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Top 5 Aerospace Trends to Watch

With software technology advancing at a rapid speed, and airframe components becoming more and more sophisticated, the aerospace sector is rife with changes. How companies choose to handle these changes – along with the many that lie ahead – will shape the aerospace industry for years to come.

While the introduction of a new aircraft is always the most publicised event in this sector, there is so much more that goes on behind the scenes. Just as important as a new piece of equipment is how that aircraft communicates with other systems, how it collects data, and how it travels in space. The current economic climate is also a major factor – influencing how companies decide to invest their profits and how well they set themselves up for success in the future.

We’ve assembled a list of the top five aerospace trends to watch.

1. Software technology is advancing

Software technology is constantly being taken to new levels. More than ever, software is responsible for a growing percentage of the work being done on board an aircraft. One of the most important jobs that relies heavily on software is maintaining safety during landing. The landing procedure currently used by commercial aircraft is a stair-step process, where the plane checks in with the control tower at each step to maintain safety. Now, strides are being made to monitor the exact position of the aircraft through each moment of the landing. Eventually, the smoother descent will cut two minutes off the flight time and save roughly 100 gallons of gas per flight, which means major savings for the airlines.

2. Low oil prices give airlines the choice to wait to replace equipment or get a headstart

Oil prices have remained consistently lower than average since 2014. Predictably, these lower oil prices have led to increased profits for airlines. The downside of this trend, both for the environment and the future of many companies, is that airlines have less of an impetus to replace existing aircraft with newer, more fuel-efficient models. Airlines that do choose to invest in new aircraft will have a jump-start once fuel prices inevitably go back up, whereas others will see a dip in profits as they wait to catch up to their competitors.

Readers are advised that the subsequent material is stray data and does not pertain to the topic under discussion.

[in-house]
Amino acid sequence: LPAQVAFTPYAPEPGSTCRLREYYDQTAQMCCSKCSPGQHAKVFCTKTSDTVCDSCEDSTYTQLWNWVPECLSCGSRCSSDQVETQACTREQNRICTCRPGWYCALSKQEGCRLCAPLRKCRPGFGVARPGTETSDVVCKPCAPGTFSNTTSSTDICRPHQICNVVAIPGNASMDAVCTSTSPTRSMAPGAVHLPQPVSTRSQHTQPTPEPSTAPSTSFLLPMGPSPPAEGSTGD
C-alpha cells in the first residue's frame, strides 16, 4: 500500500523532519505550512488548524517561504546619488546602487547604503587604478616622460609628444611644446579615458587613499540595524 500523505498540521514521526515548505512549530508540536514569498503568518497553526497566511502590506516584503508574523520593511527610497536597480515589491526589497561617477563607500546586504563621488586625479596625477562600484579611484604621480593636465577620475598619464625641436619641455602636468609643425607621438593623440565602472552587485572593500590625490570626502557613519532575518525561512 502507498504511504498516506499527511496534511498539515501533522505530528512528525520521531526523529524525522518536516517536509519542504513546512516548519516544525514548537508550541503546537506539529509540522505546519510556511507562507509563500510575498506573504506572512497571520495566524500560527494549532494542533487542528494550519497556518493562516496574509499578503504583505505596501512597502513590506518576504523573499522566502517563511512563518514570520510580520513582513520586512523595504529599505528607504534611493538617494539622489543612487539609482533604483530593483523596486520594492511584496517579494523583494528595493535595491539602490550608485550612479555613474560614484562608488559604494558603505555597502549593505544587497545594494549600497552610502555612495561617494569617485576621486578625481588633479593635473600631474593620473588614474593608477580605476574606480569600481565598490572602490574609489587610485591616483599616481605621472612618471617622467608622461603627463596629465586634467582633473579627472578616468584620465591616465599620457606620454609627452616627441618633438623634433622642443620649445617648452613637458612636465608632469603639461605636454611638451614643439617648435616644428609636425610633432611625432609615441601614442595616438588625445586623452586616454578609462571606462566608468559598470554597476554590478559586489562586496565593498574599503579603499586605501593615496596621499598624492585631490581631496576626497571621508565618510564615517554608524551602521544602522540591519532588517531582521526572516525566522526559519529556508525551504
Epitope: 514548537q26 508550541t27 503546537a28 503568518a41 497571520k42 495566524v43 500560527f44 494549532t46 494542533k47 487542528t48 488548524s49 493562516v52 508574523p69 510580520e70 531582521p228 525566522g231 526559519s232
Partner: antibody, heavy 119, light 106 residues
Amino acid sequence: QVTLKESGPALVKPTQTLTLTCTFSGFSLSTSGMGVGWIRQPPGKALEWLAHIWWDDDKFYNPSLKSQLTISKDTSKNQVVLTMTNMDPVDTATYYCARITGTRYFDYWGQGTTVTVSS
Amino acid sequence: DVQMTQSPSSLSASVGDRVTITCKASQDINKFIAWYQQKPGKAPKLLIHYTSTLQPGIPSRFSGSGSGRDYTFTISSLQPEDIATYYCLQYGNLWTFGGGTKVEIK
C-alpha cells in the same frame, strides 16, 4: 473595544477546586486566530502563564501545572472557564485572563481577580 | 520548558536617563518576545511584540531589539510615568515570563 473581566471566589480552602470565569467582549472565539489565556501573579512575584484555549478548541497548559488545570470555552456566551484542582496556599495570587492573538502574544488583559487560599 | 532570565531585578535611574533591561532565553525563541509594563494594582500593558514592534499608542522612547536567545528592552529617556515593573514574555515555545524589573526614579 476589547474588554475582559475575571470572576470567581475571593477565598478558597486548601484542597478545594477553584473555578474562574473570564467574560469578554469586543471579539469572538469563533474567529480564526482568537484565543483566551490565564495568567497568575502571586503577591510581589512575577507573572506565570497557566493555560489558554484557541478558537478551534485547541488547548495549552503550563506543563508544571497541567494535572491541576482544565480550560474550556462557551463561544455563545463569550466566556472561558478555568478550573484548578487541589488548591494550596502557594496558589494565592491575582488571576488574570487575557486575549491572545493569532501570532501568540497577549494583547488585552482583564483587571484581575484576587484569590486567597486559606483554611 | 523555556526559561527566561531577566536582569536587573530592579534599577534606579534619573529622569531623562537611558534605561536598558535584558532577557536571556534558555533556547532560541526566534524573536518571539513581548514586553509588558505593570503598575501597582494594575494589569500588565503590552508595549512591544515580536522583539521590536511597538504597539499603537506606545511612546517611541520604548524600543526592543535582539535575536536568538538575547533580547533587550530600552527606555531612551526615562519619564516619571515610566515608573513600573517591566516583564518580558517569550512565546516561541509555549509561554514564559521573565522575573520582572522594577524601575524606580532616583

3. Newly developed aircraft are becoming lighter.

Airlines that are choosing to upgrade to lighter, more fuel-efficient aircraft have better choices than ever before. The newest models, including the Boeing 787 and the Airbus A350, are built using new lightweight composite materials, allowing them to be up to 20% more fuel efficient than competing aircraft. In addition to saving the airlines money, the newest planes are able to fly at a higher altitude, which means less turbulence for passengers. Other features that focus on passenger comfort include increasing air pressure in the cabin and humidifying the air to create a better cabin atmosphere

4. New competitors are emerging in Asia.

Due to more competitive pricing, many aircraft manufacturers and suppliers are moving to Asia. In addition, many major airlines have eliminated their maintenance and repair and overhaul (MRO) facilities in-house and shifted them to Singapore, China and India. Equipment manufacturers should seriously consider investing in these centres in order to remain in-the-loop.

5. Aging infrastructure is affecting industry growth potential

Demand for flights is increasing in emerging markets, including China and India. But if the industry wants to take on the new air traffic, infrastructure has some major catching up to do. Airports across the world and the air traffic control equipment that go along with them are vastly outdated. Governments need to address the lack of available airspace, as well as the technology in their airports, in order to accommodate growth in the sector.

While the aerospace industry is constantly changing, one fact remains: private jet charter is the most efficient way to fly.

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